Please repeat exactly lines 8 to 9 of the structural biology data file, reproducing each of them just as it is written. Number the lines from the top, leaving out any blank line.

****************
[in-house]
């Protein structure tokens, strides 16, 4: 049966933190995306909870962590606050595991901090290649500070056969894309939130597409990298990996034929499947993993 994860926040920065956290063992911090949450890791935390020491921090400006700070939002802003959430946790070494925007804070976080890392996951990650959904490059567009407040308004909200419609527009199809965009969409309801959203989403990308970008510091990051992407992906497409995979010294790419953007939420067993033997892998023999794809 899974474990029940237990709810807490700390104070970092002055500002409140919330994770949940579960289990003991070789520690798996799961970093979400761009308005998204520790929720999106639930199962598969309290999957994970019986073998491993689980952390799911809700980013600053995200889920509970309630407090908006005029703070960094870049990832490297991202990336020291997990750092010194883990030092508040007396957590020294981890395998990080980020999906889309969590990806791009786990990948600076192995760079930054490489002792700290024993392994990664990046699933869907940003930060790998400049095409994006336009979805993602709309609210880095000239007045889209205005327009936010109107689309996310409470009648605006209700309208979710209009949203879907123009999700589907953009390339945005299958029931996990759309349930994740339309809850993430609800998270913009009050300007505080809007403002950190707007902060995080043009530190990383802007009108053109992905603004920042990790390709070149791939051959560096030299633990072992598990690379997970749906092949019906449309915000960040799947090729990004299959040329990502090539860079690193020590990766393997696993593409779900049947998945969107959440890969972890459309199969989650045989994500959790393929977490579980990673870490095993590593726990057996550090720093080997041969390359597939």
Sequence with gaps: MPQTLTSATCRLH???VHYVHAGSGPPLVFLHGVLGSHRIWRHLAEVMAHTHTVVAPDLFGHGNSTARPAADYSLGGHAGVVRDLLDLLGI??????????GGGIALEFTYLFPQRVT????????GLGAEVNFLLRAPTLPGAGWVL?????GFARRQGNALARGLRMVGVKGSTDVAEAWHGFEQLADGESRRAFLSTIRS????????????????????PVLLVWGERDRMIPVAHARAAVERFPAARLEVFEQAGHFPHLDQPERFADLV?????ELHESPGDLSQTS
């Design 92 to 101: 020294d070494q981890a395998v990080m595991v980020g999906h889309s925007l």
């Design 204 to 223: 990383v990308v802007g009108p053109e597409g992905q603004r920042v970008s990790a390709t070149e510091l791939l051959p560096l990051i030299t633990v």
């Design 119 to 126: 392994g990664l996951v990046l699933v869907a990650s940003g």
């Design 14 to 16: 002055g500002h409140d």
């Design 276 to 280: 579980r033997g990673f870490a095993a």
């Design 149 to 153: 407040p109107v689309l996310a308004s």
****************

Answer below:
């Design 276 to 280: 579980r033997g990673f870490a095993a």
């Design 149 to 153: 407040p109107v689309l996310a308004s």